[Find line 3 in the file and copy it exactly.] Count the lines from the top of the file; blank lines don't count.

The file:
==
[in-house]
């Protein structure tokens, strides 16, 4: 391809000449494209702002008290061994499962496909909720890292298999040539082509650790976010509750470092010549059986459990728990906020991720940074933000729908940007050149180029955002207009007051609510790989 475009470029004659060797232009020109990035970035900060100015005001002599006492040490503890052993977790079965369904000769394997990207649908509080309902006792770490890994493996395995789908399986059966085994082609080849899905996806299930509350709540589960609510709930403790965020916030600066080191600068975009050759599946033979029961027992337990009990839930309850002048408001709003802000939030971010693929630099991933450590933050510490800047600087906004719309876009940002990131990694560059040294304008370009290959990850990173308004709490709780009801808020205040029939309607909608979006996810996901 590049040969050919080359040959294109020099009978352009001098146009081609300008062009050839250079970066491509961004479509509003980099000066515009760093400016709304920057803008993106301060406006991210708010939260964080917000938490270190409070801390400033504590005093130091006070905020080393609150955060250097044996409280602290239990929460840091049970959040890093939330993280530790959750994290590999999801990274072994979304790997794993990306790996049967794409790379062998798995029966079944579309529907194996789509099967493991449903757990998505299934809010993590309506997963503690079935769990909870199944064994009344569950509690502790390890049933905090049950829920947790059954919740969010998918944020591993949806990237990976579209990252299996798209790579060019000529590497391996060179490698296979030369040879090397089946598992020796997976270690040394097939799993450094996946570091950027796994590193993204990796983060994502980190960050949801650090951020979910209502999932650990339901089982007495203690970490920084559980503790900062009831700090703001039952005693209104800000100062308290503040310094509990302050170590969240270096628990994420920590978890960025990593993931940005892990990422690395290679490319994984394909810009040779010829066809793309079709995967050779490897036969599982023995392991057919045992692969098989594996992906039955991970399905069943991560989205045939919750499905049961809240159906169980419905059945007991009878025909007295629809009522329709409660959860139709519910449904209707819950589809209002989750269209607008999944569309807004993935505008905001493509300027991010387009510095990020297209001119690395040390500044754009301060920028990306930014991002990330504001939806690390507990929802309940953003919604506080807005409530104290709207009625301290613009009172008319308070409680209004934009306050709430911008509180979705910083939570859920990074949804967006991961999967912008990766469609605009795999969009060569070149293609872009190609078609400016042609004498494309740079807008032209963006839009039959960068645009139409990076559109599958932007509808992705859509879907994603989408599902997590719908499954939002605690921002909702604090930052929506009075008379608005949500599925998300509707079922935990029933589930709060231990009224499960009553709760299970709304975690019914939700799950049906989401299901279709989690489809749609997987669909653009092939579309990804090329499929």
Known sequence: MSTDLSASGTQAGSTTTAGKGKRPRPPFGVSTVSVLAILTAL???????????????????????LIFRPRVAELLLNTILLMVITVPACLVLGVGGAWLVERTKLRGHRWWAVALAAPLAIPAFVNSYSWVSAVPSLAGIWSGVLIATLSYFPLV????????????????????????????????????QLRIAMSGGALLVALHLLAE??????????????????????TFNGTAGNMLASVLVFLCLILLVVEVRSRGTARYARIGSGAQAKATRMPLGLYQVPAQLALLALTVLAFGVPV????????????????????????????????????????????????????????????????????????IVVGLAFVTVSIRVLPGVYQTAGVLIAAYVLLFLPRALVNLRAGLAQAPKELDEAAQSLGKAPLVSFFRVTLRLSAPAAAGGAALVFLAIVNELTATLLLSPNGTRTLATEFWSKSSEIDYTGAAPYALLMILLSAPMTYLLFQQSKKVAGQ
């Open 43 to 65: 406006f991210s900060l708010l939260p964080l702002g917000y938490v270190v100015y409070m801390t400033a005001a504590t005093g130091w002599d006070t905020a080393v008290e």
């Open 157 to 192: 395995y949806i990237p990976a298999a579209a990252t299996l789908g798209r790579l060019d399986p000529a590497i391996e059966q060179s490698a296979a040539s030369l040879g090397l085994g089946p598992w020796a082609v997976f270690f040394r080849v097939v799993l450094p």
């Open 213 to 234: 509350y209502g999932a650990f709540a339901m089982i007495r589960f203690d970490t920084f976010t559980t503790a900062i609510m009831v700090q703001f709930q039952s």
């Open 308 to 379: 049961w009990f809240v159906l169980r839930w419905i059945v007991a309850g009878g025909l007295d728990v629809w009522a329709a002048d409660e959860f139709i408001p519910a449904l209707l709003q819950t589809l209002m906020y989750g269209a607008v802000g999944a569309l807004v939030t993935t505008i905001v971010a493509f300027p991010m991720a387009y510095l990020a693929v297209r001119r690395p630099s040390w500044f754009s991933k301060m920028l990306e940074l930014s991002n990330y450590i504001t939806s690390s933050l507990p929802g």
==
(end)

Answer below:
Known sequence: MSTDLSASGTQAGSTTTAGKGKRPRPPFGVSTVSVLAILTAL???????????????????????LIFRPRVAELLLNTILLMVITVPACLVLGVGGAWLVERTKLRGHRWWAVALAAPLAIPAFVNSYSWVSAVPSLAGIWSGVLIATLSYFPLV????????????????????????????????????QLRIAMSGGALLVALHLLAE??????????????????????TFNGTAGNMLASVLVFLCLILLVVEVRSRGTARYARIGSGAQAKATRMPLGLYQVPAQLALLALTVLAFGVPV????????????????????????????????????????????????????????????????????????IVVGLAFVTVSIRVLPGVYQTAGVLIAAYVLLFLPRALVNLRAGLAQAPKELDEAAQSLGKAPLVSFFRVTLRLSAPAAAGGAALVFLAIVNELTATLLLSPNGTRTLATEFWSKSSEIDYTGAAPYALLMILLSAPMTYLLFQQSKKVAGQ